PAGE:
New method identifying and isolating stem cells developed

Researchers at the Howard Hughes Medical Institute at The Rockefeller University have discovered a new method to track and isolate elusive stem cells. The new animal model they developed was successfully tested by isolating and characterizing skin stem cells, but may also be valuable in searching for stem cells that produce the cells of the heart, pancreas or other specific body tissues. More »

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Trial of new investigational AIDS vaccine begins in New York and Rochester

The Aaron Diamond AIDS Research Center (ADARC), an affiliate of The Rockefeller University, and the International AIDS Vaccine Initiative (IAVI) announced today that they have begun a human trial of a new investigational vaccine to prevent HIV/AIDS. The trial is actively seeking healthy volunteers in New York City and Rochester, New York. More »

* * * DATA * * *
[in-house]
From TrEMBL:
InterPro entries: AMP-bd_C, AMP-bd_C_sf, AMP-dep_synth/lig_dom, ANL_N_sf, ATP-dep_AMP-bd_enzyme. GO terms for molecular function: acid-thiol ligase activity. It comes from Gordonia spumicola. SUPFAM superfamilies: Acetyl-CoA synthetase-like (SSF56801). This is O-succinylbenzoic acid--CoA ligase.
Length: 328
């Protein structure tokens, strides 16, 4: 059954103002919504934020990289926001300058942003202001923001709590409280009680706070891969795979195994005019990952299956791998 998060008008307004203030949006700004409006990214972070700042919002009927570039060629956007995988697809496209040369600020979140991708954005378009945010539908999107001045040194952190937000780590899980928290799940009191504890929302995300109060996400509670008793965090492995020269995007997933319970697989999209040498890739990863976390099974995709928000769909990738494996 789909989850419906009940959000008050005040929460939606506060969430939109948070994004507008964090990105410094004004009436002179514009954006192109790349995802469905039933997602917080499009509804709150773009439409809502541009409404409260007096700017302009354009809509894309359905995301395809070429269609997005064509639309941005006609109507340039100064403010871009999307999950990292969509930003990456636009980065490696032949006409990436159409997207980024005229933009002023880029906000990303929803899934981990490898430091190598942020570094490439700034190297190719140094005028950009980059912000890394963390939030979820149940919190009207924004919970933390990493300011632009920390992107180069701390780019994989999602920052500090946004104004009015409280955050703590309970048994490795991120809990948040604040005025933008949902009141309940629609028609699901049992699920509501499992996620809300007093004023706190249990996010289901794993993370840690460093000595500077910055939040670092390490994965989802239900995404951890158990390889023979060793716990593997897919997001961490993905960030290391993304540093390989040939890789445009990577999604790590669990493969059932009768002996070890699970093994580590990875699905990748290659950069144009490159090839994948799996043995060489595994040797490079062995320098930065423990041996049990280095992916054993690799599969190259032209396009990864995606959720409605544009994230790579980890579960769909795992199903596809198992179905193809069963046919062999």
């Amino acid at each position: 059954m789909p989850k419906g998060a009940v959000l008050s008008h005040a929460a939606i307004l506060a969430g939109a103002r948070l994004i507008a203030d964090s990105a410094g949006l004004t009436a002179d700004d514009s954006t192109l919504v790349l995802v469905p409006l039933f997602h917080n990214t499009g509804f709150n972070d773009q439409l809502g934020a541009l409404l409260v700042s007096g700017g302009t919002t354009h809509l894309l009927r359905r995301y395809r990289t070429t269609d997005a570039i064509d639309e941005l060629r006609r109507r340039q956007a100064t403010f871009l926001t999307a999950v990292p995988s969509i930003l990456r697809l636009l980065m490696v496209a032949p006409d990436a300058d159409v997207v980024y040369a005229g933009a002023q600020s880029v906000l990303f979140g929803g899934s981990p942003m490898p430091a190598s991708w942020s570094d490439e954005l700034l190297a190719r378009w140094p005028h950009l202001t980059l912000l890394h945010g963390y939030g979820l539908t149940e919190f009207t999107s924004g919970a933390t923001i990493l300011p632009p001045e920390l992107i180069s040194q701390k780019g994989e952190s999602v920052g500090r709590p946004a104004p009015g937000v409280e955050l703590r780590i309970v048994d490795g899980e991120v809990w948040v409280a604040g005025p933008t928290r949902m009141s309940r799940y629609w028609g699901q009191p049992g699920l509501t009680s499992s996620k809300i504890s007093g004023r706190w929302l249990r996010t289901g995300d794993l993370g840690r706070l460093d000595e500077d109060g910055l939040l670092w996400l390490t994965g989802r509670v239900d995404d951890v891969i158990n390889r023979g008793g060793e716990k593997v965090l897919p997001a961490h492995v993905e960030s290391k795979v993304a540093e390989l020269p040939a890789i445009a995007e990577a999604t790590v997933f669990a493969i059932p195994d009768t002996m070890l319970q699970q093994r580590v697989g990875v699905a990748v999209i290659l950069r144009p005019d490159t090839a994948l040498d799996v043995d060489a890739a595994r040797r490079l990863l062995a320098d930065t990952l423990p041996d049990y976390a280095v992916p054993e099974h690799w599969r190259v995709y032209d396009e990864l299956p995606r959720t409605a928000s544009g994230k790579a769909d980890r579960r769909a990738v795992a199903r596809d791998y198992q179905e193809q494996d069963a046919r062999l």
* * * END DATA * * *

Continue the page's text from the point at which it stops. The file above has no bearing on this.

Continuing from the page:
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Genes may protect against heart disease rather than be harmful as previously thought

A genetic pathway whose activity was suspected to advance heart disease by increasing inflammation in the blood vessels and arteries feeding the heart may actually protect against it at least in laboratory mice, reports a team of Rockefeller University scientists led by Jan Breslow, M.D., in the Nov. 25 issue of Proceedings of the National Academy of Sciences. More »

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Mouse studies show brain’s “master molecule” produces same behavior from three different psychostimulant drugs